The teacher is the instructional leader of the classroom. He or she sets the tone for recovery, conveying concern and support for all recovery efforts, with an eye to reducing or eliminating stigma for students who seek additional services and care. The teacher gives consent for students to be excused from class for mental health services and refers students to school mental health professionals. As the person who interacts with the most students on a daily basis, the teacher is also in an important position to advocate for services and effective schoolwide responses to crises.
The classroom teacher is in a unique position to contribute to or complement student recovery following traumatic events at school. The impact of the events is likely to play out in the classroom. Student behaviors may change, and these behaviors are sometimes best acknowledged and addressed in the classroom when a teacher has an understanding of how the crisis can affect student's behaviors.
For example, a number of students may be anxious and, in turn, become less cooperative or less active in classroom discussions. There may be angry outbursts or questions about safety. In each case, teachers should become knowledgeable about how to respond.
- Re-establish classroom routine and maintain the teaching and learning environment of the classroom
- Help identify changes in student behavior that may indicate problems with health or mental health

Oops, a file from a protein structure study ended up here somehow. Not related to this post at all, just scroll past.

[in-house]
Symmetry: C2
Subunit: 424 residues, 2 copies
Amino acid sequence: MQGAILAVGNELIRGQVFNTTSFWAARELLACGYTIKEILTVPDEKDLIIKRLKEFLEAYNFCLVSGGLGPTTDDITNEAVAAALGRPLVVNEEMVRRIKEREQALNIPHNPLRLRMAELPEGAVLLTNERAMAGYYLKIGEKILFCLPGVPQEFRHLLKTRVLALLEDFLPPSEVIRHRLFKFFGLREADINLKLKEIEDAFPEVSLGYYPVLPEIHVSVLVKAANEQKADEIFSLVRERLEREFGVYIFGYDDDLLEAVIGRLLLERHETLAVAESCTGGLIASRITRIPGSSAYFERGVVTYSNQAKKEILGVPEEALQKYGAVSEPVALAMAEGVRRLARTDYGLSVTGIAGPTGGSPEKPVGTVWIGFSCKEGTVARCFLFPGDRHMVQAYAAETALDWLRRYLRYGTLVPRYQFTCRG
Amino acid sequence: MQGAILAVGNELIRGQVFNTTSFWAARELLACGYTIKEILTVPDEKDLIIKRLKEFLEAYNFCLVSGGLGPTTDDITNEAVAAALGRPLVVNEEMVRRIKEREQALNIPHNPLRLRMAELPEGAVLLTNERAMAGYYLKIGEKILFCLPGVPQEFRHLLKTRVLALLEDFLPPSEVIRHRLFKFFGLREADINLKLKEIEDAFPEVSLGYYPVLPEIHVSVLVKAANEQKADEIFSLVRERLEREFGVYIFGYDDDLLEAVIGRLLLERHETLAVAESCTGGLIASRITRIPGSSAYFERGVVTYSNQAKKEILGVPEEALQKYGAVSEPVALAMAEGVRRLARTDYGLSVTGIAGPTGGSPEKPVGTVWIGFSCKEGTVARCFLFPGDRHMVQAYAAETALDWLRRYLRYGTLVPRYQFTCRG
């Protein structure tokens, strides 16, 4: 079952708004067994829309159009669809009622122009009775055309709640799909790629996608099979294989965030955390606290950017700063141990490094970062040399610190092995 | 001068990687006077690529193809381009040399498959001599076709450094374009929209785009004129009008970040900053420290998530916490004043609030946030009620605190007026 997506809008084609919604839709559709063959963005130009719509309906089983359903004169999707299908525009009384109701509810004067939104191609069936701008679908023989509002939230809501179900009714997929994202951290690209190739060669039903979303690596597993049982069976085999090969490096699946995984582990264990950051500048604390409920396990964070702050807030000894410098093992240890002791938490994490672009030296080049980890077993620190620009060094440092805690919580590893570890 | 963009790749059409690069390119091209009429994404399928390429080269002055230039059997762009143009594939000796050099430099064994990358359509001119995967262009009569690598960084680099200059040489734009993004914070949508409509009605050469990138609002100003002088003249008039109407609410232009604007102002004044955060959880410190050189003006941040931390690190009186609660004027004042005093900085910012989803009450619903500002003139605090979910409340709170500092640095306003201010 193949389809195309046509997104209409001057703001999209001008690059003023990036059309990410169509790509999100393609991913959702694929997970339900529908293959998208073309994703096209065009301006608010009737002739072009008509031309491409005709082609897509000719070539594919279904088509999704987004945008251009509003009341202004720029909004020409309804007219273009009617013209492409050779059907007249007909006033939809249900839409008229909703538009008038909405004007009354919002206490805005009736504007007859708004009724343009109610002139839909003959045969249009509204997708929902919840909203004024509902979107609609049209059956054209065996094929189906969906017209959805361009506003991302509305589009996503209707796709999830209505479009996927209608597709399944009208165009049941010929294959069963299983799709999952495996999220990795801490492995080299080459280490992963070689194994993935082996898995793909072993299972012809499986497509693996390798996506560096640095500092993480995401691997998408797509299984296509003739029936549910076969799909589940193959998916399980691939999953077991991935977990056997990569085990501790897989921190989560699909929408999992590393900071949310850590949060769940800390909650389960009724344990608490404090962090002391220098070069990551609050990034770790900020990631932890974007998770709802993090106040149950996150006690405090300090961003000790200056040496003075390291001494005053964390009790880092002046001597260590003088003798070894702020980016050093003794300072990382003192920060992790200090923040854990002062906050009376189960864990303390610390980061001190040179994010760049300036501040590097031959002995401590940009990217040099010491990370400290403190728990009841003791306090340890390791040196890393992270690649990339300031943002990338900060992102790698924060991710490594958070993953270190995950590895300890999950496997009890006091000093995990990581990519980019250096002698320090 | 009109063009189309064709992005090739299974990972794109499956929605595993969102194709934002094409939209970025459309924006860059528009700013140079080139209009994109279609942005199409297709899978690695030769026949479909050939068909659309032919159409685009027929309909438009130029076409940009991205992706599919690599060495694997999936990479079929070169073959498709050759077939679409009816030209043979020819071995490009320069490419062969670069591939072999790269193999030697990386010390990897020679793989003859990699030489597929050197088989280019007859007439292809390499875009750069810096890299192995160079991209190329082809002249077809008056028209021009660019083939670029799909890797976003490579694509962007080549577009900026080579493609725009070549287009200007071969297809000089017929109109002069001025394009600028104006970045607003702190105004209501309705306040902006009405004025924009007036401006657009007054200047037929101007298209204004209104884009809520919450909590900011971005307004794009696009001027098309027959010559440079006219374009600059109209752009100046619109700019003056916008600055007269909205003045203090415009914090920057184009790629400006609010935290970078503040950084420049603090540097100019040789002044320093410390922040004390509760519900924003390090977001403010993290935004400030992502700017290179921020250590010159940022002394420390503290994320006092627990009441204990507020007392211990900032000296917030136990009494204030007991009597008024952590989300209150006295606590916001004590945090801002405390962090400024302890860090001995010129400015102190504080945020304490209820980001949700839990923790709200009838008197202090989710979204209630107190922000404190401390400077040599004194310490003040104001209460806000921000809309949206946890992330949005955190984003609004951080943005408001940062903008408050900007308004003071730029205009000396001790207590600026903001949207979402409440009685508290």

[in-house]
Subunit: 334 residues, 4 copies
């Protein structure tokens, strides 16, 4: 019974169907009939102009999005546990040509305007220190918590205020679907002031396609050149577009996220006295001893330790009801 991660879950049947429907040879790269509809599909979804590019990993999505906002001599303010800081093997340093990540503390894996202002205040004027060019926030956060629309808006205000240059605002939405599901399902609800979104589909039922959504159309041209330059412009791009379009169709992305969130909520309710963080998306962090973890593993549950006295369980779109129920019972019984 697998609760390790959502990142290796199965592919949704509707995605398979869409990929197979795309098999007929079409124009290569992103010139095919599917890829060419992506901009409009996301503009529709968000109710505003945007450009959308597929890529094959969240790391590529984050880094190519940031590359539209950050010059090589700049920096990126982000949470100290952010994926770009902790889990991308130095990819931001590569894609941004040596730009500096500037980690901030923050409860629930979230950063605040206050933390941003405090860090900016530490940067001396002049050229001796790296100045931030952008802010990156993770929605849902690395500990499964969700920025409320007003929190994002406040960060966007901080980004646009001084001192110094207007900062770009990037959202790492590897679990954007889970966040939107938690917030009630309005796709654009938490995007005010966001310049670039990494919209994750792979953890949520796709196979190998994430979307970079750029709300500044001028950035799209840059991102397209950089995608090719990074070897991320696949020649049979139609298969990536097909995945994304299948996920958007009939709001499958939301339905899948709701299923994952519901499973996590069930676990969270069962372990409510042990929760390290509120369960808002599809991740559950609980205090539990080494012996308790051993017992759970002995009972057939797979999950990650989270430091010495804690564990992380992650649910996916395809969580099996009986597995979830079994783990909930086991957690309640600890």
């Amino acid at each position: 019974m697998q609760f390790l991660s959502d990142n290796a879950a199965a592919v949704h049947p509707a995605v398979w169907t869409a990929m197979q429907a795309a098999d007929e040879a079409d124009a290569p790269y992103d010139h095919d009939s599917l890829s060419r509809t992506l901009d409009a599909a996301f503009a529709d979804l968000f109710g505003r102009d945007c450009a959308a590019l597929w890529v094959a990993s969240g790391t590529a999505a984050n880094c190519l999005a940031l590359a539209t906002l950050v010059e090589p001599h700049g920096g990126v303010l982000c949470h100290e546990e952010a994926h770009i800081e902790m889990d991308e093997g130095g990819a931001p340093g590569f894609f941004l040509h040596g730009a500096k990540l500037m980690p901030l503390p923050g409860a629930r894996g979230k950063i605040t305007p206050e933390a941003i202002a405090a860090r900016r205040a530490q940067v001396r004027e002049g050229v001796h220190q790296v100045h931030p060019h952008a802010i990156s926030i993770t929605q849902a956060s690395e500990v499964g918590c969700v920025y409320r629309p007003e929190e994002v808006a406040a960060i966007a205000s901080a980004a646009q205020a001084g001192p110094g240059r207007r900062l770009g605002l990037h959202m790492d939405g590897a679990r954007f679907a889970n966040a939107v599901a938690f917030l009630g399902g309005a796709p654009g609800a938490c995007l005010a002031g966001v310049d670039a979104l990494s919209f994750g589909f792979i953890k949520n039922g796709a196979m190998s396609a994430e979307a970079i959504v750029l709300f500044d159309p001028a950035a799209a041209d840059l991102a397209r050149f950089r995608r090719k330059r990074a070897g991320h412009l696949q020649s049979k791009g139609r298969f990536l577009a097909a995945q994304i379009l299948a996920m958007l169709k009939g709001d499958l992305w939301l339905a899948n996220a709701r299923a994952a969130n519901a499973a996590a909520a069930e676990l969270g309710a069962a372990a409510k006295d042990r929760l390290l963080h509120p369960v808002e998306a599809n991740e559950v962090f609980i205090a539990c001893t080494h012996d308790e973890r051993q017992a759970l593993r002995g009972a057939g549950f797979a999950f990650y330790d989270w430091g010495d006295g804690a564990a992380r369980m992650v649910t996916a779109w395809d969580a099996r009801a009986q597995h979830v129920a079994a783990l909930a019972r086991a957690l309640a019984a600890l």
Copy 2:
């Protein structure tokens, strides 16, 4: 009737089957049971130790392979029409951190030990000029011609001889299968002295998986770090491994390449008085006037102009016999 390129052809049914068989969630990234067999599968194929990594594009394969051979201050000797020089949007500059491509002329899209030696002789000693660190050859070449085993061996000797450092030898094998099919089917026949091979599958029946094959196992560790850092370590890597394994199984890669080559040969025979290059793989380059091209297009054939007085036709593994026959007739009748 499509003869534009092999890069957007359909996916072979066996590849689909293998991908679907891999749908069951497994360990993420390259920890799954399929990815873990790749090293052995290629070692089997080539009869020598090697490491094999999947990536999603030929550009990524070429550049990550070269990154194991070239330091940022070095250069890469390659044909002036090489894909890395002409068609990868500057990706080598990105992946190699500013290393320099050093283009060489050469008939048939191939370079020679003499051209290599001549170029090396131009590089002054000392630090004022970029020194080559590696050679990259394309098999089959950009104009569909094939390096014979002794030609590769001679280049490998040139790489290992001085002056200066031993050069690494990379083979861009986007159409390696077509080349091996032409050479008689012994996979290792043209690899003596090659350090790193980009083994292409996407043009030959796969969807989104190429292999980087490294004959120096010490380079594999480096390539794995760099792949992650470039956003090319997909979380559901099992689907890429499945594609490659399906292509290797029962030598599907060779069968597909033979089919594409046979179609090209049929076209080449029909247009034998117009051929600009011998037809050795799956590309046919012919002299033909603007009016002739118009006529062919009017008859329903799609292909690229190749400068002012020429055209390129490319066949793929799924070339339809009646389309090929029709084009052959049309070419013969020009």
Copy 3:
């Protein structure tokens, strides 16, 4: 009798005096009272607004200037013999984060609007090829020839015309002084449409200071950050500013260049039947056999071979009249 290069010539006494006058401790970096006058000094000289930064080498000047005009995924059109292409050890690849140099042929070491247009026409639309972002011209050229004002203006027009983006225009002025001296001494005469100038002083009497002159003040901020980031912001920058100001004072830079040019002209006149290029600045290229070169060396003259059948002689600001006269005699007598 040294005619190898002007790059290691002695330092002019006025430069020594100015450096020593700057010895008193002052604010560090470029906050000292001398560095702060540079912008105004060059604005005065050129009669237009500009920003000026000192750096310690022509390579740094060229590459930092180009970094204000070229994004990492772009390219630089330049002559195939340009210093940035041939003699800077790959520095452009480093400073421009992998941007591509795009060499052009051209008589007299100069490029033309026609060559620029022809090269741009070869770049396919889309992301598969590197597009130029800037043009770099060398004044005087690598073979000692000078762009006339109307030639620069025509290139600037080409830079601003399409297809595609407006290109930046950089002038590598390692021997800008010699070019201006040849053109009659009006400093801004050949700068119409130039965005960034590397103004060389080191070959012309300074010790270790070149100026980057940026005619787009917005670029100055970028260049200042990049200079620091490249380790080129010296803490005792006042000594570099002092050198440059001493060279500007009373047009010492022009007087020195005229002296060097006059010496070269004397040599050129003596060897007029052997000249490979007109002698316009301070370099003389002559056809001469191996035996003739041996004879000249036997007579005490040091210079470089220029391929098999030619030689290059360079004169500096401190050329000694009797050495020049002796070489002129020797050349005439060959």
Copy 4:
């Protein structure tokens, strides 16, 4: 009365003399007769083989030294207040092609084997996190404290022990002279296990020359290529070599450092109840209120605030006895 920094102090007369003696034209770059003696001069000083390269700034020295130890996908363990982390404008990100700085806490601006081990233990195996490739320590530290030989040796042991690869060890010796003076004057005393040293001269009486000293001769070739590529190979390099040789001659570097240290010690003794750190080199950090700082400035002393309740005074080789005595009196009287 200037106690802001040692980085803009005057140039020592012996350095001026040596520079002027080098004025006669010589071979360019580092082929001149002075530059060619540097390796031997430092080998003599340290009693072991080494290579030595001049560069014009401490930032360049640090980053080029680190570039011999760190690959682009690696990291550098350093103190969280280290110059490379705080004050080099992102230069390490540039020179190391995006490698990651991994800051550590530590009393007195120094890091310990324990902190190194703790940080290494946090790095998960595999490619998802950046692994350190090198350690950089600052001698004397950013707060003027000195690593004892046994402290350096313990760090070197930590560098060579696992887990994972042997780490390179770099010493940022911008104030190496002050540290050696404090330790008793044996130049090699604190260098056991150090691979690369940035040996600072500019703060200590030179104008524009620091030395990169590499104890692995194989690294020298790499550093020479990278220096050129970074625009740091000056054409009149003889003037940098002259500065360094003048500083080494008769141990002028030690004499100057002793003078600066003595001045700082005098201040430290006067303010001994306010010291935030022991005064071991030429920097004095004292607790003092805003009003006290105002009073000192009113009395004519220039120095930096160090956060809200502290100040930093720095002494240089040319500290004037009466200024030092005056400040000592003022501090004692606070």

- Help identify changes in life circumstances (family moving to a new home, job loss in the family, etc.) that are "secondary adversities" resulting from the traumatic event or that may place an additional burden on the student as he or she comes to grip with the event
- Keep open communication with students, staff, and administration
- Convey an open invitation for students to talk about how they are doing
- Expect regular updates from the administration describing school services
- Insist on question and answer time during staff meetings
Training in the intermediate and long-term recovery processes from crises will help teachers better understand the behavior of students. Intermediate and long-term mental health challenges may be unlike those of the immediate aftermath of a disaster or crisis. Each child and adult recovers at a different rate depending upon the level of his or her exposure to the event and other factors. Teachers may want to request additional training either as a way to prepare themselves for crises or to improve their effectiveness in the aftermath of an existing crisis. Staff development for teachers should include the following components:
- Honing observational skills
- Understanding symptoms
- Destigmatizing mental health referrals
- Recognizing students' sensitivity to changes
- Making student referrals
- Supporting and encouraging student self-care and stress reduction